In December 1813, during the War of 1812, there was a human catastrophe as a result of the burning of the Niagara Frontier. Only one home was spared along the 37-mile-long border and upwards of 6,000 refugees fled into the snowy forests heading for the Genesee River and safety.
Richard V. Barbuto’s book New York’s War of 1812: Politics Society and Combat (University of Oklahoma Press, 2021), looks back to the War of 1812, from the beleaguered Fort McHenry to the burning White House to an embattled New Orleans.
Retrieving New York’s War of 1812 from the fog of military history, Barbuto describes the disproportionate cost paid by the state in loss of life and livelihood. The author draws on in-depth research of the state’s legislative, financial, and militia records, as well as on the governor’s extensive correspondence, to plot the conduct of the war regionally and chronologically and to tell the stories of numerous raids, skirmishes, and battles that touched civilians in their homes and communities.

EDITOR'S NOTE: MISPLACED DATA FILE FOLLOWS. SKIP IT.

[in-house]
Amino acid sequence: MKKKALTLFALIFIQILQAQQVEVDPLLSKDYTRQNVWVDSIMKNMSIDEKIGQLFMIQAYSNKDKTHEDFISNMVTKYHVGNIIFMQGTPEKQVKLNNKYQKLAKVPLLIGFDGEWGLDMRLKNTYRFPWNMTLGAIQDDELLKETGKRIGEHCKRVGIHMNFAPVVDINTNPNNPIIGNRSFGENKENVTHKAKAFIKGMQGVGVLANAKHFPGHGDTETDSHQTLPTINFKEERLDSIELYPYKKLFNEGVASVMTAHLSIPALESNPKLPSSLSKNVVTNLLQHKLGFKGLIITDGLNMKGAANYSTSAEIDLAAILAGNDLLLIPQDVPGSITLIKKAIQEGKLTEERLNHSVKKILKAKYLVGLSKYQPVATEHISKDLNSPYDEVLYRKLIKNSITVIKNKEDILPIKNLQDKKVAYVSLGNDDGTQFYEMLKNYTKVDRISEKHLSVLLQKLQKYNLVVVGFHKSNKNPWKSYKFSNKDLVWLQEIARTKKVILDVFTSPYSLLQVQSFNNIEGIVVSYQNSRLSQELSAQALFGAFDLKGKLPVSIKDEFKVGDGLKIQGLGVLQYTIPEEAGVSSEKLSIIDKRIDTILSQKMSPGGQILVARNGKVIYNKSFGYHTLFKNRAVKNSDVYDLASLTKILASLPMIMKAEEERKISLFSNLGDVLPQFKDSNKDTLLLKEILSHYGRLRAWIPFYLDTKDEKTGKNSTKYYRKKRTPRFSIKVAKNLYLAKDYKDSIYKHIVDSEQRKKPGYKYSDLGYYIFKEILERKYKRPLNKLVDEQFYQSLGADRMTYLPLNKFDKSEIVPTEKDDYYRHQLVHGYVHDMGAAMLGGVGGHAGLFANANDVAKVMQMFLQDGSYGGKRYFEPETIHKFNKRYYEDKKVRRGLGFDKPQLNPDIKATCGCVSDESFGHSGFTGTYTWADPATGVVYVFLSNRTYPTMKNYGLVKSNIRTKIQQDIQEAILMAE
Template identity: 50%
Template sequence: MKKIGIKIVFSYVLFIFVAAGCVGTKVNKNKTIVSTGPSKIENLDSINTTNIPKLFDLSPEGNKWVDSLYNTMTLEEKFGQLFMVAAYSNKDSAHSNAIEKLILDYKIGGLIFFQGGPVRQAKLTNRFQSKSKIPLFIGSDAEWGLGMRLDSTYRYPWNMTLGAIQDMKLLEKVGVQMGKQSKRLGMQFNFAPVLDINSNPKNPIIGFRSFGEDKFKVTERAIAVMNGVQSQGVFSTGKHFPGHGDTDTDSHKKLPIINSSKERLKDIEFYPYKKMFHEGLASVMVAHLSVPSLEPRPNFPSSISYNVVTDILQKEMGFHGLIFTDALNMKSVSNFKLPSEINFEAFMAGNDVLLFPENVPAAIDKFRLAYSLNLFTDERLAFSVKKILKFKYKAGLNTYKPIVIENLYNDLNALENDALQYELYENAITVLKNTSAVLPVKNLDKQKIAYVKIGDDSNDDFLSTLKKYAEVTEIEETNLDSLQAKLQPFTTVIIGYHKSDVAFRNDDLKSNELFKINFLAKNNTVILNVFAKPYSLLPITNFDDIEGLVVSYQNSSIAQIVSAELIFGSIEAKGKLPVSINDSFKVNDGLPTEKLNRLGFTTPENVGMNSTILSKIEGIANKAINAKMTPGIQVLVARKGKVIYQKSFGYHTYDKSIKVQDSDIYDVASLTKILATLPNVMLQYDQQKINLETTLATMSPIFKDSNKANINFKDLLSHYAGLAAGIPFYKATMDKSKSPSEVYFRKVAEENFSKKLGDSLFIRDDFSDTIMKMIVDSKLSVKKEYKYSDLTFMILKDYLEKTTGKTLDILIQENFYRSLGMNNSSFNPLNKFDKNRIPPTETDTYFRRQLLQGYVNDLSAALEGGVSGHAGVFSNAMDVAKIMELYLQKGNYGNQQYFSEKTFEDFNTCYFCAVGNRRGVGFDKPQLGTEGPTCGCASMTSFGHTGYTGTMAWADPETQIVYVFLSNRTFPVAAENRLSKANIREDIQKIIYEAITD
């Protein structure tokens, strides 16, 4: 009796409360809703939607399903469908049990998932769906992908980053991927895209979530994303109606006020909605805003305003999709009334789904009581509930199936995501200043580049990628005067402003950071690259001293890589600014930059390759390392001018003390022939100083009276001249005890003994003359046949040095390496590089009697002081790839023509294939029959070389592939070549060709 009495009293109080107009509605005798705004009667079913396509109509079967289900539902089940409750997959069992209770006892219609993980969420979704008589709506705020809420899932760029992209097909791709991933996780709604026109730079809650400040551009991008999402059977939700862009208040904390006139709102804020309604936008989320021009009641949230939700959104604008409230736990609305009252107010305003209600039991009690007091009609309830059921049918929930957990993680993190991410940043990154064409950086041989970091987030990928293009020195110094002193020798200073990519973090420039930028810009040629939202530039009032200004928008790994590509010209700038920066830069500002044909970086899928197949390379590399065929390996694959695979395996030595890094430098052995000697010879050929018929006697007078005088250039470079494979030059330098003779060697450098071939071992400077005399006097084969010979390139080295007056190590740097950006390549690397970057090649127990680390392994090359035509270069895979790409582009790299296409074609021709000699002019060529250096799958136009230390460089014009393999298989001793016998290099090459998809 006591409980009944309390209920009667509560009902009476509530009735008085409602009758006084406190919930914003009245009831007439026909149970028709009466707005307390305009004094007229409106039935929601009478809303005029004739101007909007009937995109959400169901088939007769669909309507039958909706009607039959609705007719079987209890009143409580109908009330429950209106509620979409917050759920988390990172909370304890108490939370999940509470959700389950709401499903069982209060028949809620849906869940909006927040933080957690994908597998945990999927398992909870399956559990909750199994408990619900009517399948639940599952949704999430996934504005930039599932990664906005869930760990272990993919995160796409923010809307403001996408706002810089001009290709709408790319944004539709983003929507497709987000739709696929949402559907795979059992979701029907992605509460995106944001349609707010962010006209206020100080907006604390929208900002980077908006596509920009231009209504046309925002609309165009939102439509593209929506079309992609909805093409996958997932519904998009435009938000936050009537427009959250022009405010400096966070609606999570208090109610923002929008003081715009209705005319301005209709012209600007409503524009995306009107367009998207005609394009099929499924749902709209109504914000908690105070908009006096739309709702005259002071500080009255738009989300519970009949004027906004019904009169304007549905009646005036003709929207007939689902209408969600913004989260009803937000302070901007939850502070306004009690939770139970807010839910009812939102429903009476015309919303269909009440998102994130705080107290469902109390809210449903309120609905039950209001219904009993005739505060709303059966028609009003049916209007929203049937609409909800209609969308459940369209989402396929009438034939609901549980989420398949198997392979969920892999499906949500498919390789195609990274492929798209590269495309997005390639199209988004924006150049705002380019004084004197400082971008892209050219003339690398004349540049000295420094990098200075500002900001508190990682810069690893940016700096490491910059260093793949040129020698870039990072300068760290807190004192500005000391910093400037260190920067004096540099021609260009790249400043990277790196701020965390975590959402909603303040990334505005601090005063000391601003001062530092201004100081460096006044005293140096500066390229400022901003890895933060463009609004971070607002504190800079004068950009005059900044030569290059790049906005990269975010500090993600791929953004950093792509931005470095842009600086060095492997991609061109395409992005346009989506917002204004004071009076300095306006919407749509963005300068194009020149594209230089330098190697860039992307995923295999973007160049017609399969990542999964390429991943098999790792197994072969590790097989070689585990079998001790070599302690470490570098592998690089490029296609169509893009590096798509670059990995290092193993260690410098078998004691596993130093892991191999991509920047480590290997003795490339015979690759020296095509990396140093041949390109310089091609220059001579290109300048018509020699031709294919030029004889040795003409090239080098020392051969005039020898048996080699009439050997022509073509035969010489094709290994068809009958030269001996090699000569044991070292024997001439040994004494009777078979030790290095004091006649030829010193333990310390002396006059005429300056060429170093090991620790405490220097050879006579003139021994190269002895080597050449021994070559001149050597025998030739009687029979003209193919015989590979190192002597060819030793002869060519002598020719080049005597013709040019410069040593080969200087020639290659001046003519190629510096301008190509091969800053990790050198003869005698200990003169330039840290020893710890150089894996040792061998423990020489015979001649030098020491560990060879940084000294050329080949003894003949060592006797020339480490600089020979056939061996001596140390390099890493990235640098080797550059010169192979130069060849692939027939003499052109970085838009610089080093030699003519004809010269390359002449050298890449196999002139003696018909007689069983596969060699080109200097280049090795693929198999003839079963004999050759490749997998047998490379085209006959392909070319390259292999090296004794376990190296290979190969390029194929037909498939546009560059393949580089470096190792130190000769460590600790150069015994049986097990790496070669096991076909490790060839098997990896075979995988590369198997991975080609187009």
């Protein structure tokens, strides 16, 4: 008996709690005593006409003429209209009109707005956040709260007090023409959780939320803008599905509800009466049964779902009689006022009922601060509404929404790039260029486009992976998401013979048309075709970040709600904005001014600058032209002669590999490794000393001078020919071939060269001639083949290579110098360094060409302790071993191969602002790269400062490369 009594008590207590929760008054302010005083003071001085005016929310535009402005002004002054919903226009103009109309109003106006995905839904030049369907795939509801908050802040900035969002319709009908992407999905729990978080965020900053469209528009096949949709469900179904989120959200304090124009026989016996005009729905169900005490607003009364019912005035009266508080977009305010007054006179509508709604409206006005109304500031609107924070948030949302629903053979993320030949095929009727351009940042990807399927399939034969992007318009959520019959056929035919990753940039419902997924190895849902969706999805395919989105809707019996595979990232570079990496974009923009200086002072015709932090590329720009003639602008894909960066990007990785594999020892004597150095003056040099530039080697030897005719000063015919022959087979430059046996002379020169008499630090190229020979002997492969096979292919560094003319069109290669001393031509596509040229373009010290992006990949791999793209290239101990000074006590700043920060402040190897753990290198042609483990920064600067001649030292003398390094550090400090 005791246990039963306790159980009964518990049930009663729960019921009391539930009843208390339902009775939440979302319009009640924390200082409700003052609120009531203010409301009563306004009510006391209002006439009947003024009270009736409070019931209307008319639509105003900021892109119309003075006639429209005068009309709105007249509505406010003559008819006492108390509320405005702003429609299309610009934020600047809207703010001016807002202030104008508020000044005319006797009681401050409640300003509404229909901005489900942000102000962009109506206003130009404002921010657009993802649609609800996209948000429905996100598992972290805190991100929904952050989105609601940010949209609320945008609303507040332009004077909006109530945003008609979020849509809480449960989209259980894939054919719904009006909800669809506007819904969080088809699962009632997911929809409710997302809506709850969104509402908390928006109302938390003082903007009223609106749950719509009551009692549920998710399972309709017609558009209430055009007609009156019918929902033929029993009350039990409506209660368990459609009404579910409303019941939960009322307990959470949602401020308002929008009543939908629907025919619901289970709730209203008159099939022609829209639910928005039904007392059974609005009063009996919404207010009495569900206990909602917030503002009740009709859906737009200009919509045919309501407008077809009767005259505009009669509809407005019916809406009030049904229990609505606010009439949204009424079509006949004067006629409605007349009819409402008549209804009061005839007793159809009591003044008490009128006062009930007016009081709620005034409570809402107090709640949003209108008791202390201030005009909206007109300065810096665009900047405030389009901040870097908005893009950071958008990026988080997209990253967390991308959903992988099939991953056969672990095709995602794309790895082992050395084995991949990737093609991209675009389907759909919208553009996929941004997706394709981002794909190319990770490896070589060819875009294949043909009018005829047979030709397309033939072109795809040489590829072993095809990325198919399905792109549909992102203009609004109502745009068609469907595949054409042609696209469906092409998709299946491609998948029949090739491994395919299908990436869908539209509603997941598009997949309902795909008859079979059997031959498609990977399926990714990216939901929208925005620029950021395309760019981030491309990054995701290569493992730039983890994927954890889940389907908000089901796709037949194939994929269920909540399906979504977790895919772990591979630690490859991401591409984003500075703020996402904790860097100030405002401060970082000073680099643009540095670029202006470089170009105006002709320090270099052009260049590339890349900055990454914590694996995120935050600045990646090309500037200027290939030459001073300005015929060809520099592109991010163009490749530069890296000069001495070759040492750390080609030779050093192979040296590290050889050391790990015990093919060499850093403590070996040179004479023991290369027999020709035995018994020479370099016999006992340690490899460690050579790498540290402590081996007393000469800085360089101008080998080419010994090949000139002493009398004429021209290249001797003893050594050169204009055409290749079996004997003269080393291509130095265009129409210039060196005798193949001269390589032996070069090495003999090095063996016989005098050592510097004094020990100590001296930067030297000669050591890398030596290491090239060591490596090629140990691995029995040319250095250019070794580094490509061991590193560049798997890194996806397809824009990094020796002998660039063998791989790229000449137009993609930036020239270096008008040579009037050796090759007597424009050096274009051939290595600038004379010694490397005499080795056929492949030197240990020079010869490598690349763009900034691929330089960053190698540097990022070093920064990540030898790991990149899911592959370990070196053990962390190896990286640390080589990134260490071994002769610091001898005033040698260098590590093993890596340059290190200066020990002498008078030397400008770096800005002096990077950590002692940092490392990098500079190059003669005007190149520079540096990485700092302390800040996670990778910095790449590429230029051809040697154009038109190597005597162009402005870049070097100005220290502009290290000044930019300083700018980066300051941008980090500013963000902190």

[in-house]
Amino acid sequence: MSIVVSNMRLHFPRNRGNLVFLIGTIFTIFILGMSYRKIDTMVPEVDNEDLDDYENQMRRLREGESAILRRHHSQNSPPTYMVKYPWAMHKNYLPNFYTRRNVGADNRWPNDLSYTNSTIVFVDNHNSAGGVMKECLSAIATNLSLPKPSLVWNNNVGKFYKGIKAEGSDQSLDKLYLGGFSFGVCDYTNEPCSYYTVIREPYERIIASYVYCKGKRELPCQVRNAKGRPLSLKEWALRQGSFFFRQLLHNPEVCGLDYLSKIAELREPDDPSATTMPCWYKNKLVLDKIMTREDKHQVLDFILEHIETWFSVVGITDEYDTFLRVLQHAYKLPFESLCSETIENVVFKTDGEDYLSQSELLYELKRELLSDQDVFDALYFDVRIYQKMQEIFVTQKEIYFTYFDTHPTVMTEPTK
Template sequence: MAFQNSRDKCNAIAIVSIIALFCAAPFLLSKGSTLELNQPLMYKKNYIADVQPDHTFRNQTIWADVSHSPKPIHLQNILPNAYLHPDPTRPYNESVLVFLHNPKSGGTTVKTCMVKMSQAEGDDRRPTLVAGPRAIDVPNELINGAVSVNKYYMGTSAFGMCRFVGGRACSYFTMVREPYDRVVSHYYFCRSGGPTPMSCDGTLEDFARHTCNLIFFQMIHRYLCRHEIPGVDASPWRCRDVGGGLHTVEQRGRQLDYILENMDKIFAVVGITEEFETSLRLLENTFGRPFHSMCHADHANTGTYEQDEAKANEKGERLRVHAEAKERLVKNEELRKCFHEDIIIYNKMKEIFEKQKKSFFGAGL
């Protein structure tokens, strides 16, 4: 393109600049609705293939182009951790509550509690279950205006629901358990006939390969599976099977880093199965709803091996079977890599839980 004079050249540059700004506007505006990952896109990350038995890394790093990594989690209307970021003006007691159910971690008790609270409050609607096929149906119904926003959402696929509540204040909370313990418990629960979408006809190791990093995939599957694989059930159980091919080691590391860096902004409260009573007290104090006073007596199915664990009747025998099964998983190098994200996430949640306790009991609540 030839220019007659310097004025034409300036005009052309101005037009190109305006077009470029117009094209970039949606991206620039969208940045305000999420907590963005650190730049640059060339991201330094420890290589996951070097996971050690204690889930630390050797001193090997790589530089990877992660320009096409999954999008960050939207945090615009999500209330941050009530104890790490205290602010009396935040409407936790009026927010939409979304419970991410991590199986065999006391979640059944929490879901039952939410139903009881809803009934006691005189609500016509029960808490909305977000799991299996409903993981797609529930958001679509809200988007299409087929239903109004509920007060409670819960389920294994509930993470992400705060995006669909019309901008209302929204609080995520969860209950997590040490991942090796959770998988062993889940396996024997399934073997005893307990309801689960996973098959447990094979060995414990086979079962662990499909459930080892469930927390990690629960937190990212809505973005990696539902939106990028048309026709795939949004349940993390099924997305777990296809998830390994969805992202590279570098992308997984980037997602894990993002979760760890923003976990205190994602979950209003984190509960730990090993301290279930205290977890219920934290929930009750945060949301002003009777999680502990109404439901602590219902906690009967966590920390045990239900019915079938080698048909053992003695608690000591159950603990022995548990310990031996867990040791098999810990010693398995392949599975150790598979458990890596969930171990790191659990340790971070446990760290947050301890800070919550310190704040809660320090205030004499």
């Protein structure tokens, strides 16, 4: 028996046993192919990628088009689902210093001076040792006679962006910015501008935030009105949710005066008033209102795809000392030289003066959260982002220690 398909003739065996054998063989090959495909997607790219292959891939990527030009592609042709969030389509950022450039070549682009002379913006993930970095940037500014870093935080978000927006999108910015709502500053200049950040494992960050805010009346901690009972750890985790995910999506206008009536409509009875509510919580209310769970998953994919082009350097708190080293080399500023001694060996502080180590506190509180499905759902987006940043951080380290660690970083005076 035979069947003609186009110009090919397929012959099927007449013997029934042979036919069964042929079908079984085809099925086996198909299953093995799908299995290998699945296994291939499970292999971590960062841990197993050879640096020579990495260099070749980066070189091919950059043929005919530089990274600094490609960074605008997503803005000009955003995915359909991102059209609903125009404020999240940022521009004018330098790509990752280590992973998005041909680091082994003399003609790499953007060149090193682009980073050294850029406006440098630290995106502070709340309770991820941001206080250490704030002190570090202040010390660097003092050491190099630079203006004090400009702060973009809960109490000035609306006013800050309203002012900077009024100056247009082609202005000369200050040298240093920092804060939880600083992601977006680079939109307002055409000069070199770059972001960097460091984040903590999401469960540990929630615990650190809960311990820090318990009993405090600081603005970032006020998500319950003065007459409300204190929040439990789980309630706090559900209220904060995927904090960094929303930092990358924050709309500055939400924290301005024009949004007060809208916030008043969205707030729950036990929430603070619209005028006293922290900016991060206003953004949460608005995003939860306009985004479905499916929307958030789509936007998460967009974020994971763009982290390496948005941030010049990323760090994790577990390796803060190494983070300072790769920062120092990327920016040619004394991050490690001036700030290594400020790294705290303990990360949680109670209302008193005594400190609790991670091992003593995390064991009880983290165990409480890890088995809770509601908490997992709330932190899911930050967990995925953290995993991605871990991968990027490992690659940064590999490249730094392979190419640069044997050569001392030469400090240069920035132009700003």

The New York State Archives Partnership Trust will host “December 1813: The Fall of Fort Niagara and the Burning of the Niagara Frontier,” a virtual program with Barbuto set for Tuesday, May 10th. This program will begin at 12:30 pm, and will be held via Zoom.
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